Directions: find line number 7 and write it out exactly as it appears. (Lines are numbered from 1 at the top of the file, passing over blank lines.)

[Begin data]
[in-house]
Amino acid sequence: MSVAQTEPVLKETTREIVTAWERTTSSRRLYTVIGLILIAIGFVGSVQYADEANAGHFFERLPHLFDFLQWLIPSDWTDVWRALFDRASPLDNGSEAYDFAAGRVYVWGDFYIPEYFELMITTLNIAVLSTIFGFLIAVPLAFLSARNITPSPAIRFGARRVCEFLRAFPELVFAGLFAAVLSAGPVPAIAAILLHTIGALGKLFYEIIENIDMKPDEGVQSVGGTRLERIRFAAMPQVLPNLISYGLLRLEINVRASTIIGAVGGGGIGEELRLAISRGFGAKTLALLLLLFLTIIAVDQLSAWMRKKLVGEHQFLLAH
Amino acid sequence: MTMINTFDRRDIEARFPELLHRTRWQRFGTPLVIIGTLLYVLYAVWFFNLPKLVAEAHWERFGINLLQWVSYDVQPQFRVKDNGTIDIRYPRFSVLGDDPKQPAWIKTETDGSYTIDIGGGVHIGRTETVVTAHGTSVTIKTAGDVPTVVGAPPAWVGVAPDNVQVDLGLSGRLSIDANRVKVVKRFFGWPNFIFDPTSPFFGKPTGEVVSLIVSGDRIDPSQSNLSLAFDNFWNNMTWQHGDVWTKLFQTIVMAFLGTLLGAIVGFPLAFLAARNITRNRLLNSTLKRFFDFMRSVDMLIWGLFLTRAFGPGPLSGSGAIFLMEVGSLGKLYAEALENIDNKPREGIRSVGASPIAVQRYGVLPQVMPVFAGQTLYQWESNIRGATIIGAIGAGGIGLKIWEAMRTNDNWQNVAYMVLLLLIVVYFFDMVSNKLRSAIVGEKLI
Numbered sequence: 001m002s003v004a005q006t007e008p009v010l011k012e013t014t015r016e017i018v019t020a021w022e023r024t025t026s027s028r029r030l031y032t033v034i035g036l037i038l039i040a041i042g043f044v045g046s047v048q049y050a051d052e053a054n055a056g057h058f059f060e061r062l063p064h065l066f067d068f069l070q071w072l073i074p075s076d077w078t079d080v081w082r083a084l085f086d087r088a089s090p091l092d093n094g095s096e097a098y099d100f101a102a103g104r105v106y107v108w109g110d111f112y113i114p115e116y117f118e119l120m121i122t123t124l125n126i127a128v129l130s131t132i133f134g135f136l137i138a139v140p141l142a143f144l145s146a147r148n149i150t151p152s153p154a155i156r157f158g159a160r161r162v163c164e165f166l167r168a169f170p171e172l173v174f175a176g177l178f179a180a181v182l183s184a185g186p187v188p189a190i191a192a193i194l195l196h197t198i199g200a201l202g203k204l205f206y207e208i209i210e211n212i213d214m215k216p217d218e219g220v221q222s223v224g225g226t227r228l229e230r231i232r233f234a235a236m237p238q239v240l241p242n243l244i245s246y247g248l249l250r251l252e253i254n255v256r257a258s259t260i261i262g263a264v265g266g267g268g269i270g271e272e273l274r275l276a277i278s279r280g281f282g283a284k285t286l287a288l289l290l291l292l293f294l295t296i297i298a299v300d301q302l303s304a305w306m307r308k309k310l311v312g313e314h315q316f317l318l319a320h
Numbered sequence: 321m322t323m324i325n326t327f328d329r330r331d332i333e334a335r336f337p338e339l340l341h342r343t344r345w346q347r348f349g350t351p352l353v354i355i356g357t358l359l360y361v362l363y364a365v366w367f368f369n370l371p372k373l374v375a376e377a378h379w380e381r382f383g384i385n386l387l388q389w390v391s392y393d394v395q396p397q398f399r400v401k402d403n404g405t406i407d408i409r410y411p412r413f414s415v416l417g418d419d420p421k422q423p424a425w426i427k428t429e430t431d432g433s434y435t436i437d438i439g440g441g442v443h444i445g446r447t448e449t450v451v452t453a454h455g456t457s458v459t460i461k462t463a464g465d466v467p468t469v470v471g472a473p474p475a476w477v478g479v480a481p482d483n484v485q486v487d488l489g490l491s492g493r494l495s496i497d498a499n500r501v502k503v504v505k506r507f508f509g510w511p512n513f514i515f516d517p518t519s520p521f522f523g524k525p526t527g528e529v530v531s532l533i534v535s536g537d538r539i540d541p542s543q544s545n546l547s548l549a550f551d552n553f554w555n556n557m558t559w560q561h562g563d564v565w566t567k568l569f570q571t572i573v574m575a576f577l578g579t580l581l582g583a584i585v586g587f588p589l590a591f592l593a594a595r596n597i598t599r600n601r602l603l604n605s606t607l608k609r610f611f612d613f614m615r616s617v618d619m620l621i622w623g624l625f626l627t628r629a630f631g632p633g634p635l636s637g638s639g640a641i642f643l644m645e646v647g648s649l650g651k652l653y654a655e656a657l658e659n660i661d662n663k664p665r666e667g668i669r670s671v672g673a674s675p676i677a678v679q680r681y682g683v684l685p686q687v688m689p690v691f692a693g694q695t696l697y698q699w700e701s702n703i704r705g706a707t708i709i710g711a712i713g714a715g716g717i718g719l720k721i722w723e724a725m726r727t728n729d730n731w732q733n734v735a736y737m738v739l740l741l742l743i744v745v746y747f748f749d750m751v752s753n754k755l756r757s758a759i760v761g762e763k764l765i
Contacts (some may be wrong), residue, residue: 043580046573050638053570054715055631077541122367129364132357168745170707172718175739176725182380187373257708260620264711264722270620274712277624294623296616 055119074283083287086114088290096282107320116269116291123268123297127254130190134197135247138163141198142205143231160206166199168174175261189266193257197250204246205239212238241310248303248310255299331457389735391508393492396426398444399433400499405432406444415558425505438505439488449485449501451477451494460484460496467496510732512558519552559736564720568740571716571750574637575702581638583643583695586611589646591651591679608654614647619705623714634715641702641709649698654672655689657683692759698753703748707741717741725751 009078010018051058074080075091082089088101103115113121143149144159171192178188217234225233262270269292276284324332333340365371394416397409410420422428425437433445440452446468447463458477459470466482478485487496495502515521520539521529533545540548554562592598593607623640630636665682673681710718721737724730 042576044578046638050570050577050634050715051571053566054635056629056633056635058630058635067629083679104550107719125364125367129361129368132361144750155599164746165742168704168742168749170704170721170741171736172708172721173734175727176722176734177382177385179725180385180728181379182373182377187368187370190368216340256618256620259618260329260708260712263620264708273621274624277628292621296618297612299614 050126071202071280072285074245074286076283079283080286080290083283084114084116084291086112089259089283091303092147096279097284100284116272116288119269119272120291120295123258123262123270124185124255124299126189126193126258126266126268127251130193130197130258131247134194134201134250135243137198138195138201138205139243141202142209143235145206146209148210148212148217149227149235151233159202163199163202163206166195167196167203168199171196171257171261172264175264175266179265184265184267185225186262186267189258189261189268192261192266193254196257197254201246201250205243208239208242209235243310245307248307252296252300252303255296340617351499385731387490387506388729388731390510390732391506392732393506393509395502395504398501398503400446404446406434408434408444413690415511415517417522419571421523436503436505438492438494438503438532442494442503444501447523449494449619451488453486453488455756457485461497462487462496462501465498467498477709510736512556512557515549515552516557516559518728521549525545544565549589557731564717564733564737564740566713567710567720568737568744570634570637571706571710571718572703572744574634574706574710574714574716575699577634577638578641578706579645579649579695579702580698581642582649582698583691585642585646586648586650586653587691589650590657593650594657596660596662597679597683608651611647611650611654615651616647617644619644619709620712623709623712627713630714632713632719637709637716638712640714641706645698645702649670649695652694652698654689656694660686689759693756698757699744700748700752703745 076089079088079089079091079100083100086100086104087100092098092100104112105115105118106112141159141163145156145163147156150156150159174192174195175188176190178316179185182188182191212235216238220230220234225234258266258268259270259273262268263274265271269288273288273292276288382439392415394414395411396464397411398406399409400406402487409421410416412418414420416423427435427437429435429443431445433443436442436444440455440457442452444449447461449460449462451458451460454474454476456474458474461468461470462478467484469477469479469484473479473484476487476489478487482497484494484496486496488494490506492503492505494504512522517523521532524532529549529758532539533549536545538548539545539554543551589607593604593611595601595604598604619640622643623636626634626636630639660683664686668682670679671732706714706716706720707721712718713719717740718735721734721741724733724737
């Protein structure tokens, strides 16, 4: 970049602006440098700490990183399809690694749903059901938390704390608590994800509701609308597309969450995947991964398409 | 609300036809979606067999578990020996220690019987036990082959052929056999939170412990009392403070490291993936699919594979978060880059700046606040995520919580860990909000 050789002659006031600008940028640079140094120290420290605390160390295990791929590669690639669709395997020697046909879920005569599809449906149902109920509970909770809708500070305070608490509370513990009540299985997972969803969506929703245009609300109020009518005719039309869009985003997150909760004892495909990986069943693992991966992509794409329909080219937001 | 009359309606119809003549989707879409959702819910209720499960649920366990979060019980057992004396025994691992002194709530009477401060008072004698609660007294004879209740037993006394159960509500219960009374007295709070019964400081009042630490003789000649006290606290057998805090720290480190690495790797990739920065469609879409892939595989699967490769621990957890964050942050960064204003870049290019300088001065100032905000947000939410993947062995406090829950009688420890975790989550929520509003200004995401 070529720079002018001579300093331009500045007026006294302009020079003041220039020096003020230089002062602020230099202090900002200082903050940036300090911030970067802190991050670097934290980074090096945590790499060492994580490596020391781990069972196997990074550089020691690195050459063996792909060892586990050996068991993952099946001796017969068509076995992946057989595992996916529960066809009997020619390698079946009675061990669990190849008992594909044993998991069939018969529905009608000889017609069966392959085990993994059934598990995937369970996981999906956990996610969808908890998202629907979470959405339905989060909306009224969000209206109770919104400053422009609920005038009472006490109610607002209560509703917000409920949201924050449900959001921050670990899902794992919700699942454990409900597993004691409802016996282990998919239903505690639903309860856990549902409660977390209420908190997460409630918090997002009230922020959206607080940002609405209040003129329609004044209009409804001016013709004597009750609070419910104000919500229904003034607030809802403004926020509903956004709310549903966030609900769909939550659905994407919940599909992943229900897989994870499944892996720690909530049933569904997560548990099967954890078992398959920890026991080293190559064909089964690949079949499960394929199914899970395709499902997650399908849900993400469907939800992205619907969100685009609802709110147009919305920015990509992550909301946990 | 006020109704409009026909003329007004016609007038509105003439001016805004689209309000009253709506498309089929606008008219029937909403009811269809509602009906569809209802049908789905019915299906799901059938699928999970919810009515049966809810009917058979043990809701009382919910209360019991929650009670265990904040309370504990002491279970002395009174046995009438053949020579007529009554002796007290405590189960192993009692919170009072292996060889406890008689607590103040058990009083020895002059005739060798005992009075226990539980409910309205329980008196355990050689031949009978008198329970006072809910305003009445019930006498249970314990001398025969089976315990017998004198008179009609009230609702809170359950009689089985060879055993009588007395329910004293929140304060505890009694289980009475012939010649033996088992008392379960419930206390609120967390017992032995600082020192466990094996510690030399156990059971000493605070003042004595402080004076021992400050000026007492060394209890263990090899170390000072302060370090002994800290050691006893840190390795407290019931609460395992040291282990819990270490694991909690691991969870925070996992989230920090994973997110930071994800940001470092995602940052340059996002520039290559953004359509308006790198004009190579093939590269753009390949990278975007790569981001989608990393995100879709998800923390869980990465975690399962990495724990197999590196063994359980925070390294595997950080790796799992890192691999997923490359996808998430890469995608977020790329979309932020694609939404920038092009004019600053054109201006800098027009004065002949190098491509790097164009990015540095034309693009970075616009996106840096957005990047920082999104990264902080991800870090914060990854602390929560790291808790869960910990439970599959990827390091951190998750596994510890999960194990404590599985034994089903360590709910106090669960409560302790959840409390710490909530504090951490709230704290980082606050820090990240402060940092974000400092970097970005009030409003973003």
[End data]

């Protein structure tokens, strides 16, 4: 970049602006440098700490990183399809690694749903059901938390704390608590994800509701609308597309969450995947991964398409 | 609300036809979606067999578990020996220690019987036990082959052929056999939170412990009392403070490291993936699919594979978060880059700046606040995520919580860990909000 050789002659006031600008940028640079140094120290420290605390160390295990791929590669690639669709395997020697046909879920005569599809449906149902109920509970909770809708500070305070608490509370513990009540299985997972969803969506929703245009609300109020009518005719039309869009985003997150909760004892495909990986069943693992991966992509794409329909080219937001 | 009359309606119809003549989707879409959702819910209720499960649920366990979060019980057992004396025994691992002194709530009477401060008072004698609660007294004879209740037993006394159960509500219960009374007295709070019964400081009042630490003789000649006290606290057998805090720290480190690495790797990739920065469609879409892939595989699967490769621990957890964050942050960064204003870049290019300088001065100032905000947000939410993947062995406090829950009688420890975790989550929520509003200004995401 070529720079002018001579300093331009500045007026006294302009020079003041220039020096003020230089002062602020230099202090900002200082903050940036300090911030970067802190991050670097934290980074090096945590790499060492994580490596020391781990069972196997990074550089020691690195050459063996792909060892586990050996068991993952099946001796017969068509076995992946057989595992996916529960066809009997020619390698079946009675061990669990190849008992594909044993998991069939018969529905009608000889017609069966392959085990993994059934598990995937369970996981999906956990996610969808908890998202629907979470959405339905989060909306009224969000209206109770919104400053422009609920005038009472006490109610607002209560509703917000409920949201924050449900959001921050670990899902794992919700699942454990409900597993004691409802016996282990998919239903505690639903309860856990549902409660977390209420908190997460409630918090997002009230922020959206607080940002609405209040003129329609004044209009409804001016013709004597009750609070419910104000919500229904003034607030809802403004926020509903956004709310549903966030609900769909939550659905994407919940599909992943229900897989994870499944892996720690909530049933569904997560548990099967954890078992398959920890026991080293190559064909089964690949079949499960394929199914899970395709499902997650399908849900993400469907939800992205619907969100685009609802709110147009919305920015990509992550909301946990 | 006020109704409009026909003329007004016609007038509105003439001016805004689209309000009253709506498309089929606008008219029937909403009811269809509602009906569809209802049908789905019915299906799901059938699928999970919810009515049966809810009917058979043990809701009382919910209360019991929650009670265990904040309370504990002491279970002395009174046995009438053949020579007529009554002796007290405590189960192993009692919170009072292996060889406890008689607590103040058990009083020895002059005739060798005992009075226990539980409910309205329980008196355990050689031949009978008198329970006072809910305003009445019930006498249970314990001398025969089976315990017998004198008179009609009230609702809170359950009689089985060879055993009588007395329910004293929140304060505890009694289980009475012939010649033996088992008392379960419930206390609120967390017992032995600082020192466990094996510690030399156990059971000493605070003042004595402080004076021992400050000026007492060394209890263990090899170390000072302060370090002994800290050691006893840190390795407290019931609460395992040291282990819990270490694991909690691991969870925070996992989230920090994973997110930071994800940001470092995602940052340059996002520039290559953004359509308006790198004009190579093939590269753009390949990278975007790569981001989608990393995100879709998800923390869980990465975690399962990495724990197999590196063994359980925070390294595997950080790796799992890192691999997923490359996808998430890469995608977020790329979309932020694609939404920038092009004019600053054109201006800098027009004065002949190098491509790097164009990015540095034309693009970075616009996106840096957005990047920082999104990264902080991800870090914060990854602390929560790291808790869960910990439970599959990827390091951190998750596994510890999960194990404590599985034994089903360590709910106090669960409560302790959840409390710490909530504090951490709230704290980082606050820090990240402060940092974000400092970097970005009030409003973003």